The message from voters on the doorstep during the local elections was very clear. I lost count of the number of previously loyal Labour supporters who said, "Not this time". Again and again I was told: "Tell them they've got to get back on track, in touch with us before we start voting Labour again." As well as the 300 seats we lost, there were hundreds more wards in which we hung on only because of strong local campaigns behind effective councillors, whose hard work enabled us to stave off an even worse result.
The renewal of the Labour Party which disaffected voters want must draw on these differing experiences of Labour, the reality behind the headlines that followed these results. Where we are seen locally as the party with the best ideas for improving the area, in touch with local people and on their side, we could win, even against the backdrop of bad national news.
The task ahead at a national level is to win back people's confidence and trust in the purpose and direction Labour is taking, so that we are once again regarded in this way, in touch and on your side, where the buffeting of day-to-day events is steadied by a clear sense of direction and long-term purpose.
This renewal must be guided by clear principles and an understanding of the position we are in. These principles can be described as unity, hard work and Labour values.
Unity: Spending time fighting between left and right, or Blairites and Brownites, would lead us to certain defeat. Unity is something which everyone needs to buy into, and cannot be demanded by people who are not prepared to show it themselves. In the short term, it requires an end to the destructive instability and speculation over the leadership.
Hard work: Keeping in touch with local people and making sure that we are prioritising the issues that they find important requires a lot of hard work. It means demanding and delivering high standards of service at a local level, and responding effectively and promptly to people's complaints. This is crucial in defeating the BNP and others who feed off disaffection in deprived areas.
Labour values: All of our greatest successes have been possible because of our underlying beliefs in a fairer and more equal society. To rebuild trust, we need to explain better how what we do in government is based on these principles. We also need to attract people who care about improving their area to get involved and join the party.
We must win - and in many cases win back - the confidence of those who recognise that in changed circumstances security measures are necessary, but who want the Labour Party more clearly and positively to voice commitment to the civil liberties, reinvigorated democracy and equal citizenship which are an indispensable part of our progressive purpose.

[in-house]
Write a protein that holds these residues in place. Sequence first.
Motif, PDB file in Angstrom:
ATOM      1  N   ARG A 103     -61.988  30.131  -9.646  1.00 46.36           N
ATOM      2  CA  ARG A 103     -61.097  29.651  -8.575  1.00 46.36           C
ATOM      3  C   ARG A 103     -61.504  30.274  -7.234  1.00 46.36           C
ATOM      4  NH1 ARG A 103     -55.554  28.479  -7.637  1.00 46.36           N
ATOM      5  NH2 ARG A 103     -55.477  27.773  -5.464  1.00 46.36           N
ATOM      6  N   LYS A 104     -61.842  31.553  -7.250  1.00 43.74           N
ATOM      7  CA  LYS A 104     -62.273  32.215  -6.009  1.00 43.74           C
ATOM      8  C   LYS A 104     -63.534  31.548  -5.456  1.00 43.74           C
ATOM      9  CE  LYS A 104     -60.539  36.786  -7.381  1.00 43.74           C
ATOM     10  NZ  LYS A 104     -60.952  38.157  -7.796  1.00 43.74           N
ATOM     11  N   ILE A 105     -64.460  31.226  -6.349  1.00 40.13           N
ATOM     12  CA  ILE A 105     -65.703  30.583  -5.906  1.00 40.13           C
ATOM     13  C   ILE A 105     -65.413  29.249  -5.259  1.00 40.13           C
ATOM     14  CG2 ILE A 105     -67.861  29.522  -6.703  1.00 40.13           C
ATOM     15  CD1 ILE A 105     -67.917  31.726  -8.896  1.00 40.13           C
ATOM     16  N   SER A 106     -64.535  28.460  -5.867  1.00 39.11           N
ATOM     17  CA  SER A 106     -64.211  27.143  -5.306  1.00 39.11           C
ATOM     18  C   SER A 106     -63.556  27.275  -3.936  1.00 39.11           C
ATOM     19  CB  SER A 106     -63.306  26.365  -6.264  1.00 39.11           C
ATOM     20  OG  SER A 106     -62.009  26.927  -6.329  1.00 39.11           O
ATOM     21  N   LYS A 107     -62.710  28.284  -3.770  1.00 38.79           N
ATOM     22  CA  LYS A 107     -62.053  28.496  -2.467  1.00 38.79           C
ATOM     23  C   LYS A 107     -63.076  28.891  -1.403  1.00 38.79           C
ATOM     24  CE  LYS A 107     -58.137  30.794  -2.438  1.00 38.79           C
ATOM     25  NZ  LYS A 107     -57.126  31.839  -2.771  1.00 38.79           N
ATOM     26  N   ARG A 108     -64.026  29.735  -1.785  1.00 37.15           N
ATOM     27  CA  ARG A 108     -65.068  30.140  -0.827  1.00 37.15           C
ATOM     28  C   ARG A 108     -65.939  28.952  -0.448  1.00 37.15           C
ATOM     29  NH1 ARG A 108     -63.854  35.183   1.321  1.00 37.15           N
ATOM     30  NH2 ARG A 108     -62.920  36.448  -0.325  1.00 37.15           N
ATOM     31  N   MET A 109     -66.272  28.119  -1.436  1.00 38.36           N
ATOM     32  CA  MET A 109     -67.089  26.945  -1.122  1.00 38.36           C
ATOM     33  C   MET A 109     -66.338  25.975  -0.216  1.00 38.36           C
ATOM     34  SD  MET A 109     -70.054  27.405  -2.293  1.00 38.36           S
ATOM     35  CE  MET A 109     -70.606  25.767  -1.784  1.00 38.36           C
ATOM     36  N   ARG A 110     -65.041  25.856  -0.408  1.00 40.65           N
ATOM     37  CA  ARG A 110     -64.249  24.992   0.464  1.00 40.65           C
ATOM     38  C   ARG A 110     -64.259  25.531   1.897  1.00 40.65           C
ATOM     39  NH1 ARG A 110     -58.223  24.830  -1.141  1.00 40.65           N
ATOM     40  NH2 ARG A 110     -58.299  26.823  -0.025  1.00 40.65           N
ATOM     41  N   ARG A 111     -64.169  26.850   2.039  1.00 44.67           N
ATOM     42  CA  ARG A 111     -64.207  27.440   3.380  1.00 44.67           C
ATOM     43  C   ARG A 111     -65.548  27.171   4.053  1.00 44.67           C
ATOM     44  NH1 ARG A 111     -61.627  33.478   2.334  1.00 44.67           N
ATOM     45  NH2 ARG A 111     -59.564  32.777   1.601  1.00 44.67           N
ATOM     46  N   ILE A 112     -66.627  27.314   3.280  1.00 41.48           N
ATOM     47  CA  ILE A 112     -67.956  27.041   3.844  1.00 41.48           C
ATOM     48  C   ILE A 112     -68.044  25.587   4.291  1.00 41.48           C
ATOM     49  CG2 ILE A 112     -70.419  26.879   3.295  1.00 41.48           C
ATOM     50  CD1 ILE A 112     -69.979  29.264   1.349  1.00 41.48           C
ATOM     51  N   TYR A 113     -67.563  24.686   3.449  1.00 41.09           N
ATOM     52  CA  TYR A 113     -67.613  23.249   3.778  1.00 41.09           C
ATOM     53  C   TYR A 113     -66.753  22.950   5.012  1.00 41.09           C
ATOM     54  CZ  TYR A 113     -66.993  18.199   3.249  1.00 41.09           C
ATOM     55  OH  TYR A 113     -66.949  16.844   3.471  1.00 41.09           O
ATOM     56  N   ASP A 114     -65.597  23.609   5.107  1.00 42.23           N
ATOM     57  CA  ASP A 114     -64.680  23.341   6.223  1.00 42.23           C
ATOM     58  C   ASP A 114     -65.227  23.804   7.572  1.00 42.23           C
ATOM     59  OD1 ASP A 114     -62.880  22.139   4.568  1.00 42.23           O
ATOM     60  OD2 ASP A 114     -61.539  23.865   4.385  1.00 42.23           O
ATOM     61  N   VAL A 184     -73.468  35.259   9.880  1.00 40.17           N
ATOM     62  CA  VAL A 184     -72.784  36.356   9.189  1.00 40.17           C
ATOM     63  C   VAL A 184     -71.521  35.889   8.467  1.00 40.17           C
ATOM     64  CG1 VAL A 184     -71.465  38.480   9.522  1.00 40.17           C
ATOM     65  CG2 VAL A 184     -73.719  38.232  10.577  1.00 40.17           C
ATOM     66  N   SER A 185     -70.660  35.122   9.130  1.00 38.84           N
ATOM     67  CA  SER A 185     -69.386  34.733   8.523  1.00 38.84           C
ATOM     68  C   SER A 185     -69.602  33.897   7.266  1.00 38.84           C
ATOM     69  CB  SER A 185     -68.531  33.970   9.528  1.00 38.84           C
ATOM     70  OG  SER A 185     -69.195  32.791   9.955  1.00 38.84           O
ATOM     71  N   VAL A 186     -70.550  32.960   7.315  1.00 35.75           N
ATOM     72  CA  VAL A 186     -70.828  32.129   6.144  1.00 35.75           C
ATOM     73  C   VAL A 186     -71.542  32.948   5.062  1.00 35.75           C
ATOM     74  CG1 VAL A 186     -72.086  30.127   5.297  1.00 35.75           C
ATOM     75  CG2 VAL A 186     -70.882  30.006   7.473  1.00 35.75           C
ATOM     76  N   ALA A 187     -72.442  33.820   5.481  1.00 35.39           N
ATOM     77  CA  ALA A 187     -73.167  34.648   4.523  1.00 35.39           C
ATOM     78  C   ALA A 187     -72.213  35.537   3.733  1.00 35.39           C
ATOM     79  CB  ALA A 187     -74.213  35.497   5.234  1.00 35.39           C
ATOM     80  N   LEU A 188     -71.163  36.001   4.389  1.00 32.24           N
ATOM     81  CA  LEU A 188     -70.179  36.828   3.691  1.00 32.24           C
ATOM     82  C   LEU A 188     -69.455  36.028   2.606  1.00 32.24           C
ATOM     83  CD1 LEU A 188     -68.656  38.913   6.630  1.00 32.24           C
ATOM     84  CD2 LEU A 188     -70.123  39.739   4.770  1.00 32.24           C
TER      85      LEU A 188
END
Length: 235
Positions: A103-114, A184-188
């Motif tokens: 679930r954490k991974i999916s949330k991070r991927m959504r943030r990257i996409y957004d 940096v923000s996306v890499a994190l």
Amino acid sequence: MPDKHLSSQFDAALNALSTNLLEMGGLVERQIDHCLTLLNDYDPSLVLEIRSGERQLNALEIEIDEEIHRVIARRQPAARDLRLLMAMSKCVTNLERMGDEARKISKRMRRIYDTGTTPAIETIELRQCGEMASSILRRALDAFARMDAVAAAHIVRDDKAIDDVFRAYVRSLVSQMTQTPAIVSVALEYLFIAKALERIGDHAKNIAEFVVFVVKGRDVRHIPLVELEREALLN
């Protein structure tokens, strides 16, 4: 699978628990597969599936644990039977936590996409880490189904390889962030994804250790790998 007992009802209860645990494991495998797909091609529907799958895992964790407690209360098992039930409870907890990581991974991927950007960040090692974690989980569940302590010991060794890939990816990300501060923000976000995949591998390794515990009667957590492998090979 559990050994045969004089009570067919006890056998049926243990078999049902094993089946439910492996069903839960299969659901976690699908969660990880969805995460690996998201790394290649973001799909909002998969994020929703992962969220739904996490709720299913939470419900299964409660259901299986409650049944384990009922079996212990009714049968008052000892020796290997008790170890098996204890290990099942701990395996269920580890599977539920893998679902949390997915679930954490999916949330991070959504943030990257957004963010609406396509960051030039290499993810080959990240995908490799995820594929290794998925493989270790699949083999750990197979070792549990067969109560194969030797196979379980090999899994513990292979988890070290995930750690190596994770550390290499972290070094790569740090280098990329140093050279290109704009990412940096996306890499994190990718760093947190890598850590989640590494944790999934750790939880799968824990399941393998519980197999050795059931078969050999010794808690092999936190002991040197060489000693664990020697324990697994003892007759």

Rebuilding Labour's mission; connection and trust with people cannot be left until just before the next general election. The reassurance those voters, or in many cases non-voters, on the doorstep are looking for is not another short-term initiative or attempt to recapture the news agenda, but evidence that we are listening to them, making changes which address their concerns, and setting a course for the future which they are confident in and proud of.
This raises - as many voters did with me - the question of the leadership and when there is to be the orderly transition of power that Tony has wisely promised. I think it would be better, not just for the country and the party but also for the Prime Minister himself, if he made clear what the timetable is, and the sooner the better.
It is inevitable that after nearly 10 years in power we are facing new challenges. The lesson from these local elections is that the Labour Party at all levels has to be seen to be in touch with the voters whose support we sought - and all too often failed to win - last Thursday.
This is not business as usual, carrying on much as before until things look up. It is about a clear signal that we have listened to what the public are saying. The renewal of the Labour Party is essential if we are to build a progressive consensus inspired by the goals of abolishing child poverty, tackling climate change, and building a fair society where everyone has the opportunity to make the most of their potential. We must rebuild confidence, trust and enthusiasm that Labour in government has direction and purpose for the future, to build on all that has so far been achieved.
Andrew Smith is MP for Oxford East and a former Labour cabinet ministerReuse content